Final Thoughts

On paper, at least, it seems as though the Mossberg comes out ahead. Lighter construction, better control placement, easier to load, etc. However, that’s simply on paper.

In the real world though, it really doesn’t matter where your action-unlocking button is. In addition, it really doesn’t matter if you’re a half-second slower on your reloads because you use a Remington 870, or if your shotgun weighs a few ounces more than another model.

Think about this: If you are one of the millions of Americans who can’t remember life before his or her Remington 870—or Mossberg 500—came along, you’re not going to be held back by your shotgun no matter who made it. A lifetime of familiarization beats any specification sheet or online article telling you which is best any day of the week.

The fact remains—both the Remington 870 and Mossberg 500 have won their places at the table, while putting food on it as well and remaining the defensive (and offensive) tools of choice for citizens and professionals around the world. You just can’t go wrong with either of these hardy workhorses.

We know you’ve got an opinion on this age-old debate, and want to hear it in the comments below! What say you? Remington, Mossberg or something else?

The Mission of Cheaper Than Dirt!'s blog, The Shooter's Log, is to provide information—not opinions—to our customers and the shooting community. We want you, our readers, to be able to make informed decisions. The information provided here does not represent the views of Cheaper Than Dirt!

Comments (72)

  1. Gotta say that the whole mim extractor argument is pretty much null and void. They’re all trying to cut corners and save on costs. It’s just that mossberg has been doing it since the at least the 60s. Hell, my mossberg 930 jm pro has a dang mim extractor. And yes, that’s for a shotgun that’s touted as ‘tactical.’ At least you get a forged extractor on anything tactical from Remington.

  2. I have both an 870 and a 500. My 500 is tactical 18inch with 7 shell tube, pistol grip and heat shild. Just like we used in the sand box for blowing door hinges off. I use it for home defence.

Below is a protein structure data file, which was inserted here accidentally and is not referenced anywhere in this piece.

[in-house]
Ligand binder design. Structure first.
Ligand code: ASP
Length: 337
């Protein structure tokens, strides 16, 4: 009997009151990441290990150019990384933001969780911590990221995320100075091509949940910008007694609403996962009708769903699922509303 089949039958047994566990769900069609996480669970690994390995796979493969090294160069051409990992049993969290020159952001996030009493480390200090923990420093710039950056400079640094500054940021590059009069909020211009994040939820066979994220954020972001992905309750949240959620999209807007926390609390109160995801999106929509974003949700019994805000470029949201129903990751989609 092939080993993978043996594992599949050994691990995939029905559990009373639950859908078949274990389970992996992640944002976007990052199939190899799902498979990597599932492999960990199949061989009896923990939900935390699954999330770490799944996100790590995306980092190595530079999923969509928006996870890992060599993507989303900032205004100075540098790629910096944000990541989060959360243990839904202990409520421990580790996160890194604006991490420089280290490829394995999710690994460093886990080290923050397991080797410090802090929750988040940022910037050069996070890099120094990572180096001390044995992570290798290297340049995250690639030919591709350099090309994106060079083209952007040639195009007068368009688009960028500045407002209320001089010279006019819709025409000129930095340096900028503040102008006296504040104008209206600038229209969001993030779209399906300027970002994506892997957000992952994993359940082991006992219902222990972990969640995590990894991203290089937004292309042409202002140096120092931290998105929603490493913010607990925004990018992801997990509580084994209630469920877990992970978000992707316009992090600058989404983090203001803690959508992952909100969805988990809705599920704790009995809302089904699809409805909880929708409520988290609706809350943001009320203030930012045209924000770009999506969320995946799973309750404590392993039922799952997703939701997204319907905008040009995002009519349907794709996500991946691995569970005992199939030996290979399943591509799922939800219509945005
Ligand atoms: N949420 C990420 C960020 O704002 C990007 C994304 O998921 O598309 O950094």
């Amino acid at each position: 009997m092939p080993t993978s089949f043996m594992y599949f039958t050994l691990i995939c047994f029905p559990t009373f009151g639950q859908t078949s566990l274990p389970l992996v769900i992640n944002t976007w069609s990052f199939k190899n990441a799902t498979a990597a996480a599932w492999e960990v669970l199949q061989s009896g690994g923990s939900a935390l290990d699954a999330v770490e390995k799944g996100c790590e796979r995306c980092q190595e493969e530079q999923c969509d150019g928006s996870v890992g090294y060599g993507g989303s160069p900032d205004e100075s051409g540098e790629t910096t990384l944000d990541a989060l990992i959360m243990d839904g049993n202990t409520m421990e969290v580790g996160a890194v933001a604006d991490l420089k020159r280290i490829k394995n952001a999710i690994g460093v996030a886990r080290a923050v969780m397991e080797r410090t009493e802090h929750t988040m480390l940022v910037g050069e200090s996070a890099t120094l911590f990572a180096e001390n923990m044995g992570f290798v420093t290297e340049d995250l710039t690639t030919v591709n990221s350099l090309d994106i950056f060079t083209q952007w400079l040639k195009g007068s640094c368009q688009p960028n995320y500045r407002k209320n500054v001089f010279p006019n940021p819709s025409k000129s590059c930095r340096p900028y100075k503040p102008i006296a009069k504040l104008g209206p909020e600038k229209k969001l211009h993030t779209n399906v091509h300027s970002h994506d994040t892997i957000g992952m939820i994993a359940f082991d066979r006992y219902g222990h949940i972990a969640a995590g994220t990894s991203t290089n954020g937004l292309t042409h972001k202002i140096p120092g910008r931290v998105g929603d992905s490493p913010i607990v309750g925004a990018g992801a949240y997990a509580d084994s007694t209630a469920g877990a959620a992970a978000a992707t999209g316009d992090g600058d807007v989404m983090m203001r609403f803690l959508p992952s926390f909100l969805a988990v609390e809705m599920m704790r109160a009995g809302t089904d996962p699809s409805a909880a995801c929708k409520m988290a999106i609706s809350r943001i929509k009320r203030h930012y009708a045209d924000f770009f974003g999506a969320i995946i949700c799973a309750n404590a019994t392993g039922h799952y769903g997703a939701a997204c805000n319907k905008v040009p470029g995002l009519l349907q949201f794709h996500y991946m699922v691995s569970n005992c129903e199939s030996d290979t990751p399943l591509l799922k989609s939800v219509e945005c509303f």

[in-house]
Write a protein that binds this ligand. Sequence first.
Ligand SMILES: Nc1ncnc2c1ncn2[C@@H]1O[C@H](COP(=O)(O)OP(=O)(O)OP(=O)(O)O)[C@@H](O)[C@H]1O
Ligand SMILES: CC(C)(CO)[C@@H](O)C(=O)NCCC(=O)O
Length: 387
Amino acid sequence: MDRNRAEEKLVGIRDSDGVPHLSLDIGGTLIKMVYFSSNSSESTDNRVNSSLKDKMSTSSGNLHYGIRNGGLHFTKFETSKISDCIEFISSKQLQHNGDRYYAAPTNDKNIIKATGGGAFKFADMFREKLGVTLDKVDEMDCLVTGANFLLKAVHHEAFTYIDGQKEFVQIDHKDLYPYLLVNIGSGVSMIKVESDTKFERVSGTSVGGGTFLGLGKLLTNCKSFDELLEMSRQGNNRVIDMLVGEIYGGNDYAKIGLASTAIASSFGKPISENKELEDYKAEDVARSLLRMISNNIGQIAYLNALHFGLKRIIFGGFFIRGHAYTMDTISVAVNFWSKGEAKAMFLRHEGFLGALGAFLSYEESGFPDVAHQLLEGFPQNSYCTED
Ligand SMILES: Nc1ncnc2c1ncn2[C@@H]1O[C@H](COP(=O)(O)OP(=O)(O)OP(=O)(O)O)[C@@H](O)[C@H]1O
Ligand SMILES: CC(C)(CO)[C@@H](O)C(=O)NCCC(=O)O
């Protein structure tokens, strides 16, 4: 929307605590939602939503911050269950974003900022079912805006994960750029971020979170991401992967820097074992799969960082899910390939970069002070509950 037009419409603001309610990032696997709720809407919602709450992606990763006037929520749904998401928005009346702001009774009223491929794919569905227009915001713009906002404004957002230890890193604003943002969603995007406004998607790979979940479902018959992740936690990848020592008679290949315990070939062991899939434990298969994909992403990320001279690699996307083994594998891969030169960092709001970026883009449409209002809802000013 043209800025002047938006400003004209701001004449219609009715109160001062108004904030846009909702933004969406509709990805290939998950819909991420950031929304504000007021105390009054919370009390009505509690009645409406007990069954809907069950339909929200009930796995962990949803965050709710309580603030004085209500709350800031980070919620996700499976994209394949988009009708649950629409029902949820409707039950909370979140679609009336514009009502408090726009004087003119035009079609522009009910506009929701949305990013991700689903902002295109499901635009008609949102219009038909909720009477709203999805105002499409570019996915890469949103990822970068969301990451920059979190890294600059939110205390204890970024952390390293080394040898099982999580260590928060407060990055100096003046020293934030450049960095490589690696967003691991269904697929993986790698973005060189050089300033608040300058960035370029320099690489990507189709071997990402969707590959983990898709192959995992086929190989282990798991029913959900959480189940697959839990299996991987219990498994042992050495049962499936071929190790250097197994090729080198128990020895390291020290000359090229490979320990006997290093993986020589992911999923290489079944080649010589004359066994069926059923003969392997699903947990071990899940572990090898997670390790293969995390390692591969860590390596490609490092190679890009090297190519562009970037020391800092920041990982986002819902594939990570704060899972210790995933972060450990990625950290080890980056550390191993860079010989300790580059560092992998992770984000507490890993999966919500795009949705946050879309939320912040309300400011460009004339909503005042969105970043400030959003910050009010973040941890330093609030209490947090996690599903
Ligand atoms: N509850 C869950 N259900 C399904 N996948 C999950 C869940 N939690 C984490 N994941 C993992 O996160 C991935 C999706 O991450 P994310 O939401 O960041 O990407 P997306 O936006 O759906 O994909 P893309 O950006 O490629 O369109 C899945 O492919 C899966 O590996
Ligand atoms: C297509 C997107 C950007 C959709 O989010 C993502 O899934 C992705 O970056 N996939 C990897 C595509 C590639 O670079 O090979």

My 870 is 22inch with wood stock and pump. I use it for blasting birds.
    Both good guns. Only complaint I have is the mossberg bolt guid rails detach during a feild strip while the remington ones are built into the receiver. I juat dont like haveing to take the extra 4 secounds poping them back in.

  3. I am partial to the 870. May have little to do w the fact I have shot it more. The Mossberg is more loose and rattles. I always thought of the Mossy as good but inferior to the Remington. Either way either one would serve you well. I kinda screwed min up. I put an mag extension on a 26 inch barrel lol. 26 inches is a little long for home defense don’t yall think? For what a barrel costs I might as well buy another Shotgun

  4. Excellent article about most likely the two top all around best and most reliable of pump action shotguns. If the jury is still out but in session can we apply the above critique to Mossberg Maveric 88 pump?

    1. My choice is Remington 870. Of course, it may look that Mossberg 500 has better features but I still prefer 870. But they are both very good shotguns. I plan to buy Mossberg 590 too.

  5. Well, the U.S. military went with the Mossberg because it was the only pump-shotgun that passed their rigorous testing.

    That was the reason I went with it over a Remington, Winchester, or Ithaca.

    1. Didn’t they buy the pistol grip model?

      The pistol grip shields the bolt release and is therefore obviously less prone to accidental release like Rem and Win.

      I also said I was left handed. I also bet NONE of the military testers were!

      However, the Remington is a better design from a saftey stand point! I now own a left handed Rem 870. As are all of the other firearms accuired since that incident.

      NEVER ADVISE A RIGHT HANDED LONG GUN FOR A LEFT HAND SHOOTER !!! Hand guns excepted because their ejection ports are way out in front of the face.

      If you can, think about it.

  6. I have both, each works great, no issues with performance, but prefer the 870 over 500 when having to clean in the field, less parts when breaking down just to field strip. The Mossberg has too many loose parts compared to the 870.

  7. The bolt release of the Mossgerg is a dangerous problem! It is too easy to release and this is not good, especially for lefties!!!

    I have owned both. After the Mossgerg nearly blinded me in my right eye (yes I am left handed) I will never own another.